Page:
The first thing she said to her pastor when he entered the home was, “Now what did you say about the resurrection in your sermon two Sundays ago?  I really need to remember it now!”

And she did.  She did remember.  It was as though the message she had heard two Sundays ago had been preparation – preparation in what she was to think about on the day that her husband died.

You see, much of what we call church – worship, Bible study, Sunday School, fellowship, service to others, even the Harvest Dinner – is all about preparation for when difficult times come to us.  Most of you are not in crisis now, but who knows what tomorrow will be like?  Much of what we do as the church is preparation.

So here we are.  Here we are in church.  In worship.  Listening to the sermon.  Hearing the readings from the Bible.  Singing the songs.  You might think of this as training – as getting ready – not just in preparation to be ready to meet the Lord – and not just for when difficult times come.

Quite frankly, there is a third reason to get ready.  Because every day – every day –, the Kingdom of God breaks into our lives.  The question is – do we recognize it?  Are we ready when God breaks in?  Do we recognize when Jesus breaks into our lives? 

Being ready helps.  So let me ask you.  What are the things that you’re choosing – the things that you are doing – the people that you are hanging with – the places you go to – that will help you to be ready?

Are we choosing the things in life that are really important – the things that are really going to make a difference – the things that will prepare us for those moments when Jesus make himself known – and breaks into our lives?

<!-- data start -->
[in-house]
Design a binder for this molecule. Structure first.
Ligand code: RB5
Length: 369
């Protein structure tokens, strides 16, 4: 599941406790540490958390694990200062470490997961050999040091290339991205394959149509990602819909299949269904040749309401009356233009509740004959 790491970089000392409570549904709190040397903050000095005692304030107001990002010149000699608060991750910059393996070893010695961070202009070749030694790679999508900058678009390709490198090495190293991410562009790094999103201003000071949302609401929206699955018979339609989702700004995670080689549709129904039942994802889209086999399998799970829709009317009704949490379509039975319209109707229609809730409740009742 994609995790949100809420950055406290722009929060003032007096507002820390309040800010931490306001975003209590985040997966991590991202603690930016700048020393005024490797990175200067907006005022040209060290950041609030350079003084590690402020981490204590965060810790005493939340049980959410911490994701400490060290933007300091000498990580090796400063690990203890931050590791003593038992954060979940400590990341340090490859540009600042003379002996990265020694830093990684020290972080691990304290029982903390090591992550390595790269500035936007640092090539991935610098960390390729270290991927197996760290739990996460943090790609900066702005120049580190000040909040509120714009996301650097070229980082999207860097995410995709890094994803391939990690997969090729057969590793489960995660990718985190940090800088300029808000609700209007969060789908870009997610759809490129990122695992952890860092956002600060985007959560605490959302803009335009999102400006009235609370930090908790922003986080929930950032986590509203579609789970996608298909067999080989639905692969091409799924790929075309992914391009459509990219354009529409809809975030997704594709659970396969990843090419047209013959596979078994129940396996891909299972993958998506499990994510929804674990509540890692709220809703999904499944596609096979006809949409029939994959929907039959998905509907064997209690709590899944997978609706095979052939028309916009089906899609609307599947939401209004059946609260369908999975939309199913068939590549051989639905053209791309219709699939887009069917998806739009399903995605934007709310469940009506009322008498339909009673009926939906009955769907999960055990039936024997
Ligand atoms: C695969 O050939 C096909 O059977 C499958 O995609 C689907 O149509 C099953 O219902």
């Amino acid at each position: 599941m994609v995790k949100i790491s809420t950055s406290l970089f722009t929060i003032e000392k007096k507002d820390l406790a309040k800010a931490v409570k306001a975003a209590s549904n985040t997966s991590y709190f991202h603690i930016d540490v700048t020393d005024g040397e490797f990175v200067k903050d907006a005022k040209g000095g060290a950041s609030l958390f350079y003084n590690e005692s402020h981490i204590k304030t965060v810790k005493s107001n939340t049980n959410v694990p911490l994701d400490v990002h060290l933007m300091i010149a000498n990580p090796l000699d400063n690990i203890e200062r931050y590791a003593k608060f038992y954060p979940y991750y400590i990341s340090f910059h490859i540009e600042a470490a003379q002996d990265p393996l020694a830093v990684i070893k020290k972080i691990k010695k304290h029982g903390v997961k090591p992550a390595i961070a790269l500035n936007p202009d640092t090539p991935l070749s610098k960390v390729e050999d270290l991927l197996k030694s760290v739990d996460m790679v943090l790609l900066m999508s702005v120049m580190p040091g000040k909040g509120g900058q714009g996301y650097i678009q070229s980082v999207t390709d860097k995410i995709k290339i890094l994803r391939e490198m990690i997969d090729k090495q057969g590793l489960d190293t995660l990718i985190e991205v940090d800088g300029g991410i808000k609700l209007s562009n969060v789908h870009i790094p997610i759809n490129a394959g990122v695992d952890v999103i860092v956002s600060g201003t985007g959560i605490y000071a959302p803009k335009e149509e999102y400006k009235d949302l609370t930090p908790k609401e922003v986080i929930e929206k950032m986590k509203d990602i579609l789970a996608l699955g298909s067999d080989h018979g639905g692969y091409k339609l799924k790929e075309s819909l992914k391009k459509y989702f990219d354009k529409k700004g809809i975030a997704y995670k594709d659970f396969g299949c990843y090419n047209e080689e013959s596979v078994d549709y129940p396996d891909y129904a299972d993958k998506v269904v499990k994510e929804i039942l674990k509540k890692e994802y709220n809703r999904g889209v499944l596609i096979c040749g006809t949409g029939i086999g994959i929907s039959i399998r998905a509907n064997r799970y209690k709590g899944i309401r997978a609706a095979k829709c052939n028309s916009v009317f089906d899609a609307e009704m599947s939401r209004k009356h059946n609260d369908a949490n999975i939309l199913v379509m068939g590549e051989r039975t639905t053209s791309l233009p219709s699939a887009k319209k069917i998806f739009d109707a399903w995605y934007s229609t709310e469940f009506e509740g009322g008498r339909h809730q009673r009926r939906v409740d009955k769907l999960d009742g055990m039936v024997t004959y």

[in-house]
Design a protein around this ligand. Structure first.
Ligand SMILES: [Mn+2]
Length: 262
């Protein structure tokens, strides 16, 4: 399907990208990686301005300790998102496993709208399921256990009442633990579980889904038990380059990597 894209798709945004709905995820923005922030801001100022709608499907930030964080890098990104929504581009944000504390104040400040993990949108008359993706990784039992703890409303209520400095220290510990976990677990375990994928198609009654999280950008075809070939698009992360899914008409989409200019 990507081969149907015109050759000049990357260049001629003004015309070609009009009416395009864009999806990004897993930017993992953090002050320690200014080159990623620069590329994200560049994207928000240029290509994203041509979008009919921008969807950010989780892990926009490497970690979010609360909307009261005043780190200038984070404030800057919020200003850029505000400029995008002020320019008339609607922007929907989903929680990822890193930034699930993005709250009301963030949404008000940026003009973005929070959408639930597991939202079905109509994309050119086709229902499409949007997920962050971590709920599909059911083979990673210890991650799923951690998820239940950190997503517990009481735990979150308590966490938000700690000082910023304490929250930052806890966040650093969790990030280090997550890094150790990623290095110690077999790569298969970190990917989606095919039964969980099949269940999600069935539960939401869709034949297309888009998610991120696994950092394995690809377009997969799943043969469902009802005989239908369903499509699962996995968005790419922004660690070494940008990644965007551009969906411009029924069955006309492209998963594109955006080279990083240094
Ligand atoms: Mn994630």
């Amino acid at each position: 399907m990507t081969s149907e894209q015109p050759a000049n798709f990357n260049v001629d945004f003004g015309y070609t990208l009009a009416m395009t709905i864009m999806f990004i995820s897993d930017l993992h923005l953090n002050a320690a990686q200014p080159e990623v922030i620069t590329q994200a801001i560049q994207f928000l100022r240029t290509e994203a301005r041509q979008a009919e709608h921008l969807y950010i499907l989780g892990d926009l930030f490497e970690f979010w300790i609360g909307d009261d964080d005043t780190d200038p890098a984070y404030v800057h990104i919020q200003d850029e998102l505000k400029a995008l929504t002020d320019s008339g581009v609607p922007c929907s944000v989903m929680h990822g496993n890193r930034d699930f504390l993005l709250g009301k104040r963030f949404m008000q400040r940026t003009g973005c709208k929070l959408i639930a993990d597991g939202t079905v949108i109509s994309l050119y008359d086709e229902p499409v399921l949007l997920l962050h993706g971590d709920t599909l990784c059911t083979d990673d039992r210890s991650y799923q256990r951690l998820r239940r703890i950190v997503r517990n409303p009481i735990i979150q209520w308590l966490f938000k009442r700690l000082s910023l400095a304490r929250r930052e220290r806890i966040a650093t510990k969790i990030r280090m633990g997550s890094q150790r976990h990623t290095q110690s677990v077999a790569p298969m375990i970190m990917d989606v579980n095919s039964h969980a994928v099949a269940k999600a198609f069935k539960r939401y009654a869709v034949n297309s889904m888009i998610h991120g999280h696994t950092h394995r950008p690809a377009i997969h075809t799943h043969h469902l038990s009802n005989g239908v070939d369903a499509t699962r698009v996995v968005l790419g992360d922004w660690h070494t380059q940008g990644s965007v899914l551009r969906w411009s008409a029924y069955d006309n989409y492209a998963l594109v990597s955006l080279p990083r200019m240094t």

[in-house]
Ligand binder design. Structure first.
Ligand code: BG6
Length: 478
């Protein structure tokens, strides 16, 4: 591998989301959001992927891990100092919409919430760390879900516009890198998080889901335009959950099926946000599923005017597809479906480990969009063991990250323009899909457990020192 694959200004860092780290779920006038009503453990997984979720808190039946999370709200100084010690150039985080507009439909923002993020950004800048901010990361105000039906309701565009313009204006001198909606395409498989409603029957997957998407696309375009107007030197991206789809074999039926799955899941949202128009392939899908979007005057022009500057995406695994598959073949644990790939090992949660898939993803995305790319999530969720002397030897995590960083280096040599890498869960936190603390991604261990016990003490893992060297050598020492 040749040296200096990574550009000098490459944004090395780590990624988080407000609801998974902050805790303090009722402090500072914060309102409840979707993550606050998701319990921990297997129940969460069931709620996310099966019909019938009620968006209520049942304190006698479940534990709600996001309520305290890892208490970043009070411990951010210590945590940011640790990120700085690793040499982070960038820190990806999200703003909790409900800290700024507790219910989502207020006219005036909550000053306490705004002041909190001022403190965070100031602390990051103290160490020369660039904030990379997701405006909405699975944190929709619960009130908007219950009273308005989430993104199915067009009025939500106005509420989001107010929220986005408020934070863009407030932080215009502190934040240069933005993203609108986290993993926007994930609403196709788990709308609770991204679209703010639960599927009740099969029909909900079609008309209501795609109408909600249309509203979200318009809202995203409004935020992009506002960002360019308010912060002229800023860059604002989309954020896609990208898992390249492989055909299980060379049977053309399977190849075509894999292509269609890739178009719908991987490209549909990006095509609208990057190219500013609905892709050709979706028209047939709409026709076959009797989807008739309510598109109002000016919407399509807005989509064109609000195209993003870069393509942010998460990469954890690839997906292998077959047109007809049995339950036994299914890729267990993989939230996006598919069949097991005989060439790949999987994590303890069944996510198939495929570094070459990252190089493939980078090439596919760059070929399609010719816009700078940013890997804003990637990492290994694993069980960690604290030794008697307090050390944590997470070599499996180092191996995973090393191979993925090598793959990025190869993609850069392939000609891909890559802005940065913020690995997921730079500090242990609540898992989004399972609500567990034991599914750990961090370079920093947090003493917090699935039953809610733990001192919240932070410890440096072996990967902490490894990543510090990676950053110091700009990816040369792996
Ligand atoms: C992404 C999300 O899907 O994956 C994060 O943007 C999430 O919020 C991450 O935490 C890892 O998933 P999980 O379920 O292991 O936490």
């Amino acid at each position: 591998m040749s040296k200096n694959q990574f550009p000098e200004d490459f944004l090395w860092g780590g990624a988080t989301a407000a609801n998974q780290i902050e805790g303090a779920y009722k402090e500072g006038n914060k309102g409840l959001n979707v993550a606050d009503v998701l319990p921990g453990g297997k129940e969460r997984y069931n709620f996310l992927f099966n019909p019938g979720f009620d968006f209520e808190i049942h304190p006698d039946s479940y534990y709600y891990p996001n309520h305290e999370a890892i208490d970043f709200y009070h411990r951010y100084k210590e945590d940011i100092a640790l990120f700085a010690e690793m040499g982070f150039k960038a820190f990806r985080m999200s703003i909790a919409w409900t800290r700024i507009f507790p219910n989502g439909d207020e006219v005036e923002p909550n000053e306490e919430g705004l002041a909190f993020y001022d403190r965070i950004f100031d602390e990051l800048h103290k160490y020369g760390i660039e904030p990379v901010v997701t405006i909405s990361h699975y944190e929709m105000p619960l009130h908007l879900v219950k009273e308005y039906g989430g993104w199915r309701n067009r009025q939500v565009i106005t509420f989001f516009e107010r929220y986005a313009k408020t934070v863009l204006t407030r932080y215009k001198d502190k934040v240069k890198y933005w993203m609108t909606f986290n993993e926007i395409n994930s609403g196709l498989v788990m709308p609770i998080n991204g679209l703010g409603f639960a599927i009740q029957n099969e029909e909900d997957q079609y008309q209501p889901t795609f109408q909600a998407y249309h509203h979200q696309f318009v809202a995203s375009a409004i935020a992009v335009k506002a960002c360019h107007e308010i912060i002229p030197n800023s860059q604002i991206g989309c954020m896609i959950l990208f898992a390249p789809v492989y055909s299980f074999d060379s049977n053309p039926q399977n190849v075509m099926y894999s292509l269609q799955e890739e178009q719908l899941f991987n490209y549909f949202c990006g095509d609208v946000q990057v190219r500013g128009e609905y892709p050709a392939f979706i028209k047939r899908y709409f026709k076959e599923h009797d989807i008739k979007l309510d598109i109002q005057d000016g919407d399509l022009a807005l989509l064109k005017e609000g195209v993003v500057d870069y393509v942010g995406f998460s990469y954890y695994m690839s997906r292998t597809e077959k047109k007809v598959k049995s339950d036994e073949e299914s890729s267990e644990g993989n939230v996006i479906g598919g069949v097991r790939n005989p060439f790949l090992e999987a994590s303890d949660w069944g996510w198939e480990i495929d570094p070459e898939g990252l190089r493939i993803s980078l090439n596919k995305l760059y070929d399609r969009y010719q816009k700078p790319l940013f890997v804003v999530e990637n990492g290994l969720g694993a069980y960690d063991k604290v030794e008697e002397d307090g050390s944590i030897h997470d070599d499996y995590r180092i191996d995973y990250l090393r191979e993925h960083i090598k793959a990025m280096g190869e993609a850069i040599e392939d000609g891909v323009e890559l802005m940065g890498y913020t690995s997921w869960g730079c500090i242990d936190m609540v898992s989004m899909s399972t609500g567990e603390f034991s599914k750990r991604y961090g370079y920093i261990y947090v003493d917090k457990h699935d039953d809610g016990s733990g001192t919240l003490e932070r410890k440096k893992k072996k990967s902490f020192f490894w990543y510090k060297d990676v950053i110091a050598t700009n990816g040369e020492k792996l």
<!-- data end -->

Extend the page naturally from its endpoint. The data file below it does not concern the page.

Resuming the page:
I find myself over the last few months mentioning what we call the Marks of Discipleship.  What these six marks are tools that we use to help us get ready.  You know.  Pray every day.  Worship every week.  Read the Bible every day.  Develop Christian friendships.  Give.  Serve.  If you’re already doing these things, then I think you’d be ready.  These things are like oil for your lamp.  And if you’re not doing any of these things – well – that’s like having no oil in your lamps.  Your lamps are empty.

It’s a wonderful thing when you’re prepared.  You know what I’m talking about. I don’t care what it is you’re preparing yourself for – a wedding, an exam, a party – doesn’t matter – it’s a wonderful thing to be prepared.  But you also know what it’s like to be unprepared for those things.  And quite frankly – it can be embarrassing – and even sometimes downright disastrous – when you’re caught unprepared.

Like – just a for instance – like the October surprise 8 years ago.  Most of you remember that.  My power was off for 6 days.  Six days without electricity.  I was not ready for that.  Now?  Well, I had one of those water powered backup sump pumps installed.  So if the power ever goes off again, I’m ready.  At least I won’t have to bail water again.      

So here’s the thing.  What I want you to hear today from this parable is that Jesus is calling us to get ready.  To be prepared.  What we need is more oil for our lamps.  You’ve come here today looking for oil.  At least I hope you have.  I hope – in some small way – that your need for oil – your need to be ready – has been helped just by being here today.  Worshiping Jesus.  Praying to God.  Hearing the readings.  Listening to a sermon.  Singing the [hymns] [songs].  Enjoying the fellowship.  That’s oil for the lamp.

You won’t have all the answers after just one visit with us, but it is my hope that in some small way – you have received that extra drop of oil you came looking for.  That word of forgiveness.  That word of encouragement.  Or just a plain old reminder that Jesus is coming again.  As Christians, our whole life – our hopes, our dreams, our ambitions – are in reality a preparation to welcome Jesus into our lives.  

Everything we do as church – our whole purpose in being the church – is to get ready – to be ready – to stay ready.      Just one more reason why church matters.      Amen         

Posted by: AT 10:03 am   |  Permalink   |  Email

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Zion Lutheran Church
9535 Clarence Center Road

PO Box 235
Clarence Center, NY 14032
Phone: 716-741-2656